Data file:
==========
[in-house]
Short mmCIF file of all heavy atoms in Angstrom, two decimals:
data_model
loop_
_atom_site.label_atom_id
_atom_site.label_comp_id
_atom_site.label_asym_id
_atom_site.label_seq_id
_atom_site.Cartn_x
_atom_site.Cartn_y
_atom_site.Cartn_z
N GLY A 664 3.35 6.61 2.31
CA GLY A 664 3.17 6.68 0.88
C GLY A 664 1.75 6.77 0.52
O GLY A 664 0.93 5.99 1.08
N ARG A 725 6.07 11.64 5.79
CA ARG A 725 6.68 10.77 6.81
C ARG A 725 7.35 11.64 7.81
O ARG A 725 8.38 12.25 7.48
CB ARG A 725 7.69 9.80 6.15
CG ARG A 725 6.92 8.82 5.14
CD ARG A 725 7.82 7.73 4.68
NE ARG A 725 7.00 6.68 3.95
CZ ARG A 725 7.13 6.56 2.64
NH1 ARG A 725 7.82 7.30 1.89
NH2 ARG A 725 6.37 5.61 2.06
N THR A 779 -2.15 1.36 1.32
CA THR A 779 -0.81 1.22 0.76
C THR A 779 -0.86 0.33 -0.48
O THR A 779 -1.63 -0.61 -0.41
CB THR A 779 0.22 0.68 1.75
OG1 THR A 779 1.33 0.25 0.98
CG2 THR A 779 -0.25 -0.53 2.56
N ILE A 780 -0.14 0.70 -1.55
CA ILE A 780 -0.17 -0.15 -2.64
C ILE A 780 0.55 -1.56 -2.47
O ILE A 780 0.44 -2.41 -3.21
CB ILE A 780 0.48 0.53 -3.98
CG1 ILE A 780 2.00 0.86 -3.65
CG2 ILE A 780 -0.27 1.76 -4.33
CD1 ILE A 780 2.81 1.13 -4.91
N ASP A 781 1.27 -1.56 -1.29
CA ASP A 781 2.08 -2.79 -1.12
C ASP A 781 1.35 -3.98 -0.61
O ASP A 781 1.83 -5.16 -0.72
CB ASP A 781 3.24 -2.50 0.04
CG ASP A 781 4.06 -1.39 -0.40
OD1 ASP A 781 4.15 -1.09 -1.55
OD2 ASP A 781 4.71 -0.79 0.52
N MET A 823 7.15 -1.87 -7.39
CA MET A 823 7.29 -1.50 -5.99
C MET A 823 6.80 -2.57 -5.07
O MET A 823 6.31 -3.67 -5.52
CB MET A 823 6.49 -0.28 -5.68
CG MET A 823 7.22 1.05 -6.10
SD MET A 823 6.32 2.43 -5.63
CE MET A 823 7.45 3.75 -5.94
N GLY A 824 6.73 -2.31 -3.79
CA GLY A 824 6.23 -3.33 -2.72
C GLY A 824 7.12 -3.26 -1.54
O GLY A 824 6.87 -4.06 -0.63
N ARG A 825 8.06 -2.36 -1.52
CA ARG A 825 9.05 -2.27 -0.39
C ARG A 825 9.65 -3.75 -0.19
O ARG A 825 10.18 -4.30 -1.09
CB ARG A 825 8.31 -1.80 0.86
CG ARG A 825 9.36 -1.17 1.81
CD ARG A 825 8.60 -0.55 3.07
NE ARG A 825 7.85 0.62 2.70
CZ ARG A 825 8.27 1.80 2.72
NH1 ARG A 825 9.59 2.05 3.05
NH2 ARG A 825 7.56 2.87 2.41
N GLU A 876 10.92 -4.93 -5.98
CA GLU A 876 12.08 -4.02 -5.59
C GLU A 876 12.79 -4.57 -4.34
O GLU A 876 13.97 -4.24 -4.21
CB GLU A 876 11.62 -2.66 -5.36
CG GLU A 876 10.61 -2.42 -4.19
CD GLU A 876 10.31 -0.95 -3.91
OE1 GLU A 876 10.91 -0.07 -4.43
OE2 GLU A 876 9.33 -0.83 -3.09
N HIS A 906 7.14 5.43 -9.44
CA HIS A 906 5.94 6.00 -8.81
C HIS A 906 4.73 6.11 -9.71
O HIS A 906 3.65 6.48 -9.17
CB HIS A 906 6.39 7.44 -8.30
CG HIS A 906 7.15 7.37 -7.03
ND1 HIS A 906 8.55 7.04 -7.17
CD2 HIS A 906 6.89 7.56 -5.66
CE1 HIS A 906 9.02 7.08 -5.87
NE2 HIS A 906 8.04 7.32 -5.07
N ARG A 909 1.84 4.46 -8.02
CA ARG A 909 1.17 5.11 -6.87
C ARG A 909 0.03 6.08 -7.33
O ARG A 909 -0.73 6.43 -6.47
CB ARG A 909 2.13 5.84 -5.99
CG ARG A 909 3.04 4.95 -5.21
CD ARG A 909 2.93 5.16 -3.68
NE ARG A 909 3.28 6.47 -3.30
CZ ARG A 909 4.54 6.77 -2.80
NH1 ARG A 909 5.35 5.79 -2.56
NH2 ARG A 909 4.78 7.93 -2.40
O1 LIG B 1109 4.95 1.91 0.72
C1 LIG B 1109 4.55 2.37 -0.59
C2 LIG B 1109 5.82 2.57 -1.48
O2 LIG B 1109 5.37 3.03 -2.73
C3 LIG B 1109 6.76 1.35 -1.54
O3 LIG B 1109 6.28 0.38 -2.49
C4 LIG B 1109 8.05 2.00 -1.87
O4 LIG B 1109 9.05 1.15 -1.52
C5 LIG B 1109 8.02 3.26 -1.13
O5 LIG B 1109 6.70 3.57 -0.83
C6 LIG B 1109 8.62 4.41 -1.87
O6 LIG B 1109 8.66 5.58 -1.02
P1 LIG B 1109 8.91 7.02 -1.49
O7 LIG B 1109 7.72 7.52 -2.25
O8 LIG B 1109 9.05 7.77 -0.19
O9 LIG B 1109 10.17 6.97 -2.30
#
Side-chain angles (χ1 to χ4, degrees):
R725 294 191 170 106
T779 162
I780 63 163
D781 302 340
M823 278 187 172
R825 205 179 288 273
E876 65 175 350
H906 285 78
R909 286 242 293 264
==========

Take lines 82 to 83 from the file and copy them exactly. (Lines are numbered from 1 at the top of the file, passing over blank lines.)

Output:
N HIS A 906 7.14 5.43 -9.44
CA HIS A 906 5.94 6.00 -8.81